2018 has probably been the busiest year for consumer asset sale in the UK since 2008. Speak to any major debt purchaser and they will advise you of the increase in assessing portfolios, pricing calculations and on-boarding customers. Many creditors have used asset sale as part of their process for a number of years. However, FCA authorisation for debt purchasers, the FCA thematic review on early-stage collections and the provisioning implications of IFRS9 have made asset sale a more attractive option for sellers, both established and new to the market.
Whether creditors are considering performing loans, semi-performing loans, relatively early stage non-performing loans, late loans or warehouse stock, the options are plentiful. The debt purchase industry has continued to grow its customer-centric strategies and treatment paths, and confidence is rightly high that when a portfolio of customers is sold to the correct debt buyer, they will be treated fairly and appropriately.
Even though there have been a number of acquisitions within the debt purchase space, we have also seen a trend of diversification within portfolio uptake from the buyers. Of course, there are still some sector level areas of expertise, but buyers have widened their remit from say, financial services and retail sector focus to move into telco and utilities markets. This has resulted in more credible companies entering the market to purchase portfolios while providing sellers with the brand protection they require and relevant customer support. Economies of scale, funding models and overarching strategic plans have led to very competitive pricing within the UK over the last 18 months. Creditors are quite rightly looking at their options and making sure that asset sale is optimised to benefit their bottom line and the treatment of their customer base.
We are now starting to witness most high-yielding activity taking place prior to the portfolio presentation to the market. Lots of options doesn’t just mean it’s a chance to clear the decks, a seller has to carefully consider the right time to sell, what to sell, how to present the portfolio for sale, and who to engage. This drives optimum financial return but more importantly ensures the customer is treated fairly and with due care. By using the correct data, segmentation and market insight techniques, sellers are able to present a high-quality portfolio to the market.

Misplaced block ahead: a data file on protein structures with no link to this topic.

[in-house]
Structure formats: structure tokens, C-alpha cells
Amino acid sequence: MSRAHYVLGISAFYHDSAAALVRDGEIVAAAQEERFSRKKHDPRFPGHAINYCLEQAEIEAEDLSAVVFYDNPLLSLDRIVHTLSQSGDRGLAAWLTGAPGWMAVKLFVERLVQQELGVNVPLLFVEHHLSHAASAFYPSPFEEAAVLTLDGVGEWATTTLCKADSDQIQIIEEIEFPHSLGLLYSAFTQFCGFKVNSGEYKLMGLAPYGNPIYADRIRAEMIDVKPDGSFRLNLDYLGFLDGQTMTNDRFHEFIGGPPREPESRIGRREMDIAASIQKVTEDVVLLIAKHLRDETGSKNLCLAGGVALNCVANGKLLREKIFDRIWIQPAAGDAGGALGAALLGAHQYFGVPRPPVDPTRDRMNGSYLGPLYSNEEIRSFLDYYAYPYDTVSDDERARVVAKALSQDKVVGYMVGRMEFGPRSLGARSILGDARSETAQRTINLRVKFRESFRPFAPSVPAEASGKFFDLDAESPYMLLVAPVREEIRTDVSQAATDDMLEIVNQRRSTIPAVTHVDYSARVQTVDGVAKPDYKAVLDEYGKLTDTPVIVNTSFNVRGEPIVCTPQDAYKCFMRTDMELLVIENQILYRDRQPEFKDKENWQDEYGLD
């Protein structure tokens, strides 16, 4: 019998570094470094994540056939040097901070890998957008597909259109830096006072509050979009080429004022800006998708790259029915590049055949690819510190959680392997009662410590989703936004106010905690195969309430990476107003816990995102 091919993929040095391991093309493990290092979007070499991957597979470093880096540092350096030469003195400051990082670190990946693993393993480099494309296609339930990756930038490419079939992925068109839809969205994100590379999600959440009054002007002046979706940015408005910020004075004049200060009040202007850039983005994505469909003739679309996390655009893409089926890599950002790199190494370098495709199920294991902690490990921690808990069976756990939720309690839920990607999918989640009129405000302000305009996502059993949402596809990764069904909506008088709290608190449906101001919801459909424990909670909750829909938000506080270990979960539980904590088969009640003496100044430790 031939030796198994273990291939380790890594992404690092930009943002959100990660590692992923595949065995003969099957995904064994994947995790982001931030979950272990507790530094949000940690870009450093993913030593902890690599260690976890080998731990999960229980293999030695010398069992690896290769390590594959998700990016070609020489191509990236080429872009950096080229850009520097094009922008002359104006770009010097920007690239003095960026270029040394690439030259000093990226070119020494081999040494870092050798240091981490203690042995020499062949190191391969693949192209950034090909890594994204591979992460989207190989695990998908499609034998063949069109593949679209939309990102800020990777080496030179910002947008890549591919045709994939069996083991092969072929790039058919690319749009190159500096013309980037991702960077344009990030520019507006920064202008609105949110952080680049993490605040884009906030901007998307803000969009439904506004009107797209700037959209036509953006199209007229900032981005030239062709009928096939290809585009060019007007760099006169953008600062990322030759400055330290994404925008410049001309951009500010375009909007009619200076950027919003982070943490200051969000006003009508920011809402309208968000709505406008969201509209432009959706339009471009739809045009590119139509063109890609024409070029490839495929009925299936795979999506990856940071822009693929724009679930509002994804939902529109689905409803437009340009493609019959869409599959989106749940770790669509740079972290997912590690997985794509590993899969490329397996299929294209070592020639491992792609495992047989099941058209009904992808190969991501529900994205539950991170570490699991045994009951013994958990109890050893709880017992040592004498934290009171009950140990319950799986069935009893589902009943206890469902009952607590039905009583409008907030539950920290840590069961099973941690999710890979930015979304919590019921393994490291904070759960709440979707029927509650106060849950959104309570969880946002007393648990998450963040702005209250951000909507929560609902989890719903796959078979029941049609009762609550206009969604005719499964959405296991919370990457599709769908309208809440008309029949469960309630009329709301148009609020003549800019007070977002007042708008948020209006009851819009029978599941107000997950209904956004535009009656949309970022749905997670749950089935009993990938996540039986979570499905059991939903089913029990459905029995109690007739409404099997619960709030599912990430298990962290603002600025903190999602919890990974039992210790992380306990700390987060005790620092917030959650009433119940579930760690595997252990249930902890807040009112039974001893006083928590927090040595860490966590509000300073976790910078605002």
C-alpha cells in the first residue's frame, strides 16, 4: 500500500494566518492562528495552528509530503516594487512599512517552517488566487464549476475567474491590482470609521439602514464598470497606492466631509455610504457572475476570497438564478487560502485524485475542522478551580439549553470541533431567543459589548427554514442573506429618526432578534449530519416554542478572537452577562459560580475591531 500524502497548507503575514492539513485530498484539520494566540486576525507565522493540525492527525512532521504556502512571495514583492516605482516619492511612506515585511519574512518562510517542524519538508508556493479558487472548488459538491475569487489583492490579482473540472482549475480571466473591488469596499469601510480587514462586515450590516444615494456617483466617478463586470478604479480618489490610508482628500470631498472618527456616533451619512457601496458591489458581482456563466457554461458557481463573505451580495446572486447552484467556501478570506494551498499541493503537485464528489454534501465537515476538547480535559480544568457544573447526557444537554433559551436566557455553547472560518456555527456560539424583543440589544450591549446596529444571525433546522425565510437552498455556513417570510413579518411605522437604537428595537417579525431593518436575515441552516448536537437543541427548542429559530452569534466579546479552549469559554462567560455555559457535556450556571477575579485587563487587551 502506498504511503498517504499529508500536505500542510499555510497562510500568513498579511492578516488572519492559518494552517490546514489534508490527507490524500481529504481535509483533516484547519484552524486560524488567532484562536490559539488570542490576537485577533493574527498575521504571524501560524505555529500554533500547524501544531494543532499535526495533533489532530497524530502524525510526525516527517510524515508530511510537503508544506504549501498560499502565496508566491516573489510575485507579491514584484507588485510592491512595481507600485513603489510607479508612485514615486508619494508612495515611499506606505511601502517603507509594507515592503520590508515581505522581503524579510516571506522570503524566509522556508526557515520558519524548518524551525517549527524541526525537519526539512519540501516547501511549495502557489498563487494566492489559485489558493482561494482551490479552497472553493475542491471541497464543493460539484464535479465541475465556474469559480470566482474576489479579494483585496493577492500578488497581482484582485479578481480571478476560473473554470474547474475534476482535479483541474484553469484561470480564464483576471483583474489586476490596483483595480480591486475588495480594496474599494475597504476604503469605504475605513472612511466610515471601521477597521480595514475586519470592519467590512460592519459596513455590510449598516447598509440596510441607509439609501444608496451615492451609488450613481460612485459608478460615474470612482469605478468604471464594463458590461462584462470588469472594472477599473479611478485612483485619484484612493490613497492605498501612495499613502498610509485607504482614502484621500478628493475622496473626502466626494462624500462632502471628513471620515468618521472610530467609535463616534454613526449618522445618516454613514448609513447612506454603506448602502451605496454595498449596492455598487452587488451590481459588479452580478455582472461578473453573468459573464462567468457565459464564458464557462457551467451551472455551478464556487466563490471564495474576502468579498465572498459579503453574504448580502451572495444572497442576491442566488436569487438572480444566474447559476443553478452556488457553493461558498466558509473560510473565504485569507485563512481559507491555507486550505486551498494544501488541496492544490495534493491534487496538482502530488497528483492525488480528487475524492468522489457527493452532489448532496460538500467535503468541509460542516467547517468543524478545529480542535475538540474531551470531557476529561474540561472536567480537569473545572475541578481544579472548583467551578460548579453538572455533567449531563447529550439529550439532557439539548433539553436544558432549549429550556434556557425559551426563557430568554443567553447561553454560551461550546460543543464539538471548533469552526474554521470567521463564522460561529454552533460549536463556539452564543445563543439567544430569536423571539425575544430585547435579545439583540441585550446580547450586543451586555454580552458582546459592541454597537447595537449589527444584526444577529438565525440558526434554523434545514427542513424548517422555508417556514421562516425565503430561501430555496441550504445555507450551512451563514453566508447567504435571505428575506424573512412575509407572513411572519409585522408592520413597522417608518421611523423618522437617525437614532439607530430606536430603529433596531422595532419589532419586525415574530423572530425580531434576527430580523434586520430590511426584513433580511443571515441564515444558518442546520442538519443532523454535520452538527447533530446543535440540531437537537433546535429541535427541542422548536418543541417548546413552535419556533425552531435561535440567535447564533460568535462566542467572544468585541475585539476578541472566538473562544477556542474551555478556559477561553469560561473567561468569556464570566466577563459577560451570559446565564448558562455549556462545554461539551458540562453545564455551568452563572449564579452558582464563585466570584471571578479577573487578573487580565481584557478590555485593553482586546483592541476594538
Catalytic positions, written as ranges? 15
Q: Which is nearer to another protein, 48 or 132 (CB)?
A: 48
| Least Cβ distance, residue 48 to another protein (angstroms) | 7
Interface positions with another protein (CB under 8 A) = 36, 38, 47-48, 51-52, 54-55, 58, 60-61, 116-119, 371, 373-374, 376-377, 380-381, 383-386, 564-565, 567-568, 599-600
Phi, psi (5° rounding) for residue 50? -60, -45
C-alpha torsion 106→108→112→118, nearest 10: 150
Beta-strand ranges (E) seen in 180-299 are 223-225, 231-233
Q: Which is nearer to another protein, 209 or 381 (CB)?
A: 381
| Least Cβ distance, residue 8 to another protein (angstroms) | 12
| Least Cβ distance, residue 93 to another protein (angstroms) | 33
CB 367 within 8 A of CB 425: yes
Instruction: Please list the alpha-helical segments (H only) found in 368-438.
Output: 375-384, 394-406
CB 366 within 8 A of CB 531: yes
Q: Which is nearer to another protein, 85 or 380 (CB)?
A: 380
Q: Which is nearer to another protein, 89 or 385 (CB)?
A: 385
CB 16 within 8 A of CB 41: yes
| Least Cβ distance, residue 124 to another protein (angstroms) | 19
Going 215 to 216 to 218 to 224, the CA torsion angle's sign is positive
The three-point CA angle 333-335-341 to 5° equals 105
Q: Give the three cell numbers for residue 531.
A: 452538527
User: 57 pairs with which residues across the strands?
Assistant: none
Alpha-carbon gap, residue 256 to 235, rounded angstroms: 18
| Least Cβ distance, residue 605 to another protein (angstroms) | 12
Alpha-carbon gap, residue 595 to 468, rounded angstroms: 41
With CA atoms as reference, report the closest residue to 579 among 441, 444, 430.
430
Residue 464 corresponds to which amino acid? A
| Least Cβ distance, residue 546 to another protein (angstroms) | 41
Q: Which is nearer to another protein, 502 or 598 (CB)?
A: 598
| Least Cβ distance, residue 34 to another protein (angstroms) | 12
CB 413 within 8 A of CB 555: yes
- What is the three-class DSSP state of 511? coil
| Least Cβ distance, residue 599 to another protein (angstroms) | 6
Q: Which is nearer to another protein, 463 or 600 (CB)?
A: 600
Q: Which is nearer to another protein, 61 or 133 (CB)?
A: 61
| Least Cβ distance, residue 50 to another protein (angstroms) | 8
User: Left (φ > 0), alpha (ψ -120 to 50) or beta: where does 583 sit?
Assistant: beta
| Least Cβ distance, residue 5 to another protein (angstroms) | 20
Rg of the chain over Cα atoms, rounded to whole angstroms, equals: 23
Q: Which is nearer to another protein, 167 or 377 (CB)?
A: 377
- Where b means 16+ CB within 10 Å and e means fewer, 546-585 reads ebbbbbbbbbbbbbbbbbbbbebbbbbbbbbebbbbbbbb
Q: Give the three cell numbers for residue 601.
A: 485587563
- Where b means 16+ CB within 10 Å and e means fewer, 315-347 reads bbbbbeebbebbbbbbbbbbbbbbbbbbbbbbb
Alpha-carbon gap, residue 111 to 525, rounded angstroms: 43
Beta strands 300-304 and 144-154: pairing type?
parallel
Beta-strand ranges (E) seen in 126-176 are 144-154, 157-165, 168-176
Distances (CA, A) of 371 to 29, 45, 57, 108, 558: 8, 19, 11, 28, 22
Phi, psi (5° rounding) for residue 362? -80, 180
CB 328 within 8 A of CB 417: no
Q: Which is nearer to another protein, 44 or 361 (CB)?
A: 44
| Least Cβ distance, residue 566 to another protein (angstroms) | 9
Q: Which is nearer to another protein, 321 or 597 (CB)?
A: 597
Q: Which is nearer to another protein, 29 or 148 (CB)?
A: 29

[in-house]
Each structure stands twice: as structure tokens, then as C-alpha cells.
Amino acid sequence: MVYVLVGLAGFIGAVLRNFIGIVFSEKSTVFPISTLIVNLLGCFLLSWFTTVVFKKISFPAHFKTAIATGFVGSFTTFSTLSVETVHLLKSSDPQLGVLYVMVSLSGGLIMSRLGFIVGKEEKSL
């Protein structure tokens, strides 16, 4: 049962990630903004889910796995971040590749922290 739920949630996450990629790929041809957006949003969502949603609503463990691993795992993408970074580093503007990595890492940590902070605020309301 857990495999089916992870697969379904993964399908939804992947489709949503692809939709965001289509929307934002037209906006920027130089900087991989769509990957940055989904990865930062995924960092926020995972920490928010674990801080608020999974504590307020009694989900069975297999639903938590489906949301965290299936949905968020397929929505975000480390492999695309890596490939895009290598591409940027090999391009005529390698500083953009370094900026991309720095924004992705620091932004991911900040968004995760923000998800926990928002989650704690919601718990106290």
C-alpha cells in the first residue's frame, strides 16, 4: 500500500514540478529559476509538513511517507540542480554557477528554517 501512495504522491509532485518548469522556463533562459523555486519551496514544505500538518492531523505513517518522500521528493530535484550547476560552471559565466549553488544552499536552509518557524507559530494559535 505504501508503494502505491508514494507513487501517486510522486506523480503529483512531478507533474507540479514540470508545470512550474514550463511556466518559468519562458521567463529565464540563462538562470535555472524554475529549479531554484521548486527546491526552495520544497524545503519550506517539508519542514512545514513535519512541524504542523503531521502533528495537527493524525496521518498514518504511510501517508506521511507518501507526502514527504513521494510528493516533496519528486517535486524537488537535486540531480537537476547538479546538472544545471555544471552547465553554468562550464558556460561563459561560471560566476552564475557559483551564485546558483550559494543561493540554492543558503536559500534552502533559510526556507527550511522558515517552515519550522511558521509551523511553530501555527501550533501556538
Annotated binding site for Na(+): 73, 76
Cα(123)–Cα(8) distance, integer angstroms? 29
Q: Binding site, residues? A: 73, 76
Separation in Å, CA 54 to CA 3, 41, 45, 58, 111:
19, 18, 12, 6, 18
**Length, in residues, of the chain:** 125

We have brokered portfolios where we have presented only around half of the total portfolio and still achieved 97% of the proceeds as if the full portfolio would have been sold. Fundamentally, this is to reduce the risk to the seller and buyer, protect the consumer and customer brand, but it also leads to a better price being achieved. Using data sets and indicators to suppress potential fraud cases that have slipped through the net on some portfolios, and identification of potentially vulnerable or high-risk customers is time well spent before the presentation and execution of a sale. This assessment is a good belt and braces approach to support earlier collections work too, enabling identification of highly indebted or vulnerable customers to be signposted for the correct advice and support provided by market specialists.
Ripples from GDPR have been felt within the consumer asset sale market, not a landslide but some sellers and buyers have interpreted the regulation as to suppress any customer level information during the sale process. Some sales have taken place with only portfolio and postcode level insight. For such sales, segmentation of the portfolio to present to the most suited parties is key in sustaining financial returns. More consented appropriate data and insight during the process will always be the best way to minimise risk and achieve the right outcome.
It’s difficult to point to definitive trends within the asset sale and purchase market without considering the macro-economic landscape that is likely to precipitate continued sales. Despite strong global growth, UK GDP growth in 2019 is forecast to be a modest 1.5%, and the outcome of Brexit post-March 2019 remains a controversial debate. Economic experts predict that, depending on the outcome of any potential deal, national income could fall by between 2% and 8% in 2019, with expected tax revenue losses between £20 billion and £80 billion. Such a reality will see an increase in customers in arrears and a growing need for debt advice and appropriate debt solutions as well as a continued upward trend for asset sales. Given that an increase in the number of portfolios to market is set to continue, supporting the asset sale process with the correct suppression techniques is a key factor to ensure the optimum approach for the consumer, seller and buyer.
James Connolly, Business Development Director – UK Asset Sale, TDX Group